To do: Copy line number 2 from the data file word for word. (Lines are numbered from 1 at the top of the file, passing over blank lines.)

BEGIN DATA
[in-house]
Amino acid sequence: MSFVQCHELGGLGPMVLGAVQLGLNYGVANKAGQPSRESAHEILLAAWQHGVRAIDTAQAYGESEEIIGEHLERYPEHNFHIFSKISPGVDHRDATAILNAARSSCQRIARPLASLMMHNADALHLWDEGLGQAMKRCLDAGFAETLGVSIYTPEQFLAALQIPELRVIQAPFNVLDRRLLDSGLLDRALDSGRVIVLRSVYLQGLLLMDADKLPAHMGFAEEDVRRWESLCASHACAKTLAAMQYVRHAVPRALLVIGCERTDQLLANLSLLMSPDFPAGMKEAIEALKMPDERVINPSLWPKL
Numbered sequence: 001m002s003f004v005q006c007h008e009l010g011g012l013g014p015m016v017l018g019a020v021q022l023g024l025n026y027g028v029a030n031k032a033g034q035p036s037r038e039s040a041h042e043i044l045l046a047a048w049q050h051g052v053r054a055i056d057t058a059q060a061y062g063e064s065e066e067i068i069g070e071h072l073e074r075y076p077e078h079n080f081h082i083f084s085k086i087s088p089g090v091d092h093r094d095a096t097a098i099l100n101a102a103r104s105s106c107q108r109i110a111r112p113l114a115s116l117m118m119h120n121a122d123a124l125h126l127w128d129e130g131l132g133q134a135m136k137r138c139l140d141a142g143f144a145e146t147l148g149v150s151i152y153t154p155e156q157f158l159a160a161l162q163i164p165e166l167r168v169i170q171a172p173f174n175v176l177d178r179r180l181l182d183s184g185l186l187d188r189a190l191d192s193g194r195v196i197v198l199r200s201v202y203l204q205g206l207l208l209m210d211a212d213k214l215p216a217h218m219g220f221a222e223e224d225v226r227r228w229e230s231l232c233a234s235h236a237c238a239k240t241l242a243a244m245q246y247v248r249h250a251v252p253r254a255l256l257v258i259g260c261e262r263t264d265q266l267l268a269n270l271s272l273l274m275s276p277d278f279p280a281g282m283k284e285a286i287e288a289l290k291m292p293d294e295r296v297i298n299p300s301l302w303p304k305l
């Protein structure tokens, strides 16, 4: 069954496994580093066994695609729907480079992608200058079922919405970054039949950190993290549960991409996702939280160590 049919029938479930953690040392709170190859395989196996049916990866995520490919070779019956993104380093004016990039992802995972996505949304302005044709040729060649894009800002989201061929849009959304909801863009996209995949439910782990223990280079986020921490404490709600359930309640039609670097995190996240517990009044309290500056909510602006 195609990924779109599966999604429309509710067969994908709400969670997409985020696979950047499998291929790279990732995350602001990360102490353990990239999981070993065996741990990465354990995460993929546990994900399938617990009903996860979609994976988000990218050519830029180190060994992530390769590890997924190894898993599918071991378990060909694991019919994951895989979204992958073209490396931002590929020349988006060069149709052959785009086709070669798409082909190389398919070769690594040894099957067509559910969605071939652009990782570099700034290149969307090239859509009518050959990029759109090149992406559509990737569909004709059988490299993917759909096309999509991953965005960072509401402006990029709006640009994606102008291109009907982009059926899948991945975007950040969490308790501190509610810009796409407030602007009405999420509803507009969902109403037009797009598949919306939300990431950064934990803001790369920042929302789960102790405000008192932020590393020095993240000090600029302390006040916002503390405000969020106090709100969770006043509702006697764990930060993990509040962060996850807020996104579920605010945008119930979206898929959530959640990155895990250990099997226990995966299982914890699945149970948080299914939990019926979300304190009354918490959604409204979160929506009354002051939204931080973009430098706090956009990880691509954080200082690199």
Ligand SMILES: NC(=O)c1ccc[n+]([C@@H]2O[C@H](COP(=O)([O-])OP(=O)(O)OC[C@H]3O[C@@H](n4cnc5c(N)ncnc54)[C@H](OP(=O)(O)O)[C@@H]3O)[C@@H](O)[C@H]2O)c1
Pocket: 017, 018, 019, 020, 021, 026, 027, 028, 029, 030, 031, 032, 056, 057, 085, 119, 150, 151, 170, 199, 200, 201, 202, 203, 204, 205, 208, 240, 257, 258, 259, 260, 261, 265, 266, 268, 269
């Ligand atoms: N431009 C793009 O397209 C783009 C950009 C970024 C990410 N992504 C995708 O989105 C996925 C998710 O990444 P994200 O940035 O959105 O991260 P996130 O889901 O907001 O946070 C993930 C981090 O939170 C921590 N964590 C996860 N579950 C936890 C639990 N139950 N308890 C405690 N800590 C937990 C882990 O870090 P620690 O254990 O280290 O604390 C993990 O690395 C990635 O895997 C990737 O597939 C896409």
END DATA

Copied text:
Amino acid sequence: MSFVQCHELGGLGPMVLGAVQLGLNYGVANKAGQPSRESAHEILLAAWQHGVRAIDTAQAYGESEEIIGEHLERYPEHNFHIFSKISPGVDHRDATAILNAARSSCQRIARPLASLMMHNADALHLWDEGLGQAMKRCLDAGFAETLGVSIYTPEQFLAALQIPELRVIQAPFNVLDRRLLDSGLLDRALDSGRVIVLRSVYLQGLLLMDADKLPAHMGFAEEDVRRWESLCASHACAKTLAAMQYVRHAVPRALLVIGCERTDQLLANLSLLMSPDFPAGMKEAIEALKMPDERVINPSLWPKL